Cormac McCarthy had no hand in the production of The Homesman, but his shadow stretches long over Tommy Lee Jones’ neo-Western. The spare landscape, lensed with wintery clarity by Rodrigo Pietro, embodies the harsh tone of the author’s prose while also allowing for the glimpses of poetry that pervade his writing. The setting is, of course, a familiar one in McCarthy’s work – the American frontier, a paradoxical world of moralistic religiosity and Darwinist selfishness, a world where gunfights are conducted with a peculiar kind of honour.
As in McCarthy’s seminal Blood Meridian, Jones strips back the civilized veneer of nascent America, revealing not Blood Meridian’s grotesque, visceral violence but rather interrogating the inescapable sexism of the era. The plot revolves around unmarried farmer Mary Bee Cuddy’s (Hilary Swank) transportation of three mentally ill women from Nebraskan territory to Iowa, accompanied by one George Briggs (Jones, who’s largely sidelined until the third act), but its more interested in navigating the particulars of gender injustice than the trail they follow.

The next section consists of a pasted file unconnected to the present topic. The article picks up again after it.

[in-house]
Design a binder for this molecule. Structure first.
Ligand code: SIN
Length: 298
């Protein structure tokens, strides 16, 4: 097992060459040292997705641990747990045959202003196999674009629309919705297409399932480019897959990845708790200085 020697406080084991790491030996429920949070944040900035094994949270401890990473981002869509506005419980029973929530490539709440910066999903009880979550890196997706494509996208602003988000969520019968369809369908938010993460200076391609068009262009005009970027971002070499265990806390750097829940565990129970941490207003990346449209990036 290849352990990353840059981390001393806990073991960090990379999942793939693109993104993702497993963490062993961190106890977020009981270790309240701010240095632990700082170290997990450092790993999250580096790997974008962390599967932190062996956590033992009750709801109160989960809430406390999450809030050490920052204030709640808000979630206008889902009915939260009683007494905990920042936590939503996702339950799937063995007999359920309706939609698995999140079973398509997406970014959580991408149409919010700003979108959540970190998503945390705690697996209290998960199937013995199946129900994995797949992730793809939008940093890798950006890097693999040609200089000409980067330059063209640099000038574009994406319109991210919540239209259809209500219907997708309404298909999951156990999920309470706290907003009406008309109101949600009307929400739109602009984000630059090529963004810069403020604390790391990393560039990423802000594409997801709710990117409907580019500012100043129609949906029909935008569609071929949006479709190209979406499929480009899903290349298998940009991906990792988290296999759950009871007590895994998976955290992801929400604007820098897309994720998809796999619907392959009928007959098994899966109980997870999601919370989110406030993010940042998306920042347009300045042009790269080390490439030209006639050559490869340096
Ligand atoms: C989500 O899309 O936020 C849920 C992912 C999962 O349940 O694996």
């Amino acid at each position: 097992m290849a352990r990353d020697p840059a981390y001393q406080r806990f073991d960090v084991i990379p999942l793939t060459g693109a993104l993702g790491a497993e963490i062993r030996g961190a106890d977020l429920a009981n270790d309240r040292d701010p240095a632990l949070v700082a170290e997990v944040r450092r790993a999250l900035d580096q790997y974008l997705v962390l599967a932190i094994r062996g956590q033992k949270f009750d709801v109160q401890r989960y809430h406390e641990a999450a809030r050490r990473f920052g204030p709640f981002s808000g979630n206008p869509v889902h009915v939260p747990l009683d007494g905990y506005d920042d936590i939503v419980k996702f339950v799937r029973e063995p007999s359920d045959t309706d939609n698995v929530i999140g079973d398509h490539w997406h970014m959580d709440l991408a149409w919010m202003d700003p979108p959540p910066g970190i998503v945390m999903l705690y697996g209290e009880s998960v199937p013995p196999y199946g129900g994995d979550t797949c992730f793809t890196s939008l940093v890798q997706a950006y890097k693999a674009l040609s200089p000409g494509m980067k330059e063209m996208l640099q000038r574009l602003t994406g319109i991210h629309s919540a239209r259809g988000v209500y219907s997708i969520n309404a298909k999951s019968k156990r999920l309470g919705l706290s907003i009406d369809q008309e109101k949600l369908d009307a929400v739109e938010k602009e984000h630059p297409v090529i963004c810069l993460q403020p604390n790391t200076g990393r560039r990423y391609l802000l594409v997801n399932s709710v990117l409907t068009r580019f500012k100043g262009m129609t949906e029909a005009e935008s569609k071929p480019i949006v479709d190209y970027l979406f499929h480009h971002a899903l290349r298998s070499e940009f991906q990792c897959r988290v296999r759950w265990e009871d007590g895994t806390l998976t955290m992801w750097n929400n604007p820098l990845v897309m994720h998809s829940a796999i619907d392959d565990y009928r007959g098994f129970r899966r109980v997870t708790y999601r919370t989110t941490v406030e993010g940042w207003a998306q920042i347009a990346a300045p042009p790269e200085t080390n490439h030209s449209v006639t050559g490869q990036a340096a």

The third act of the film suggests righteous revolution with a fierce conflagration, but is soon quenched by a damping mood of resignation. As in McCarthy’s writing, optimism is hard-fought and fleeting.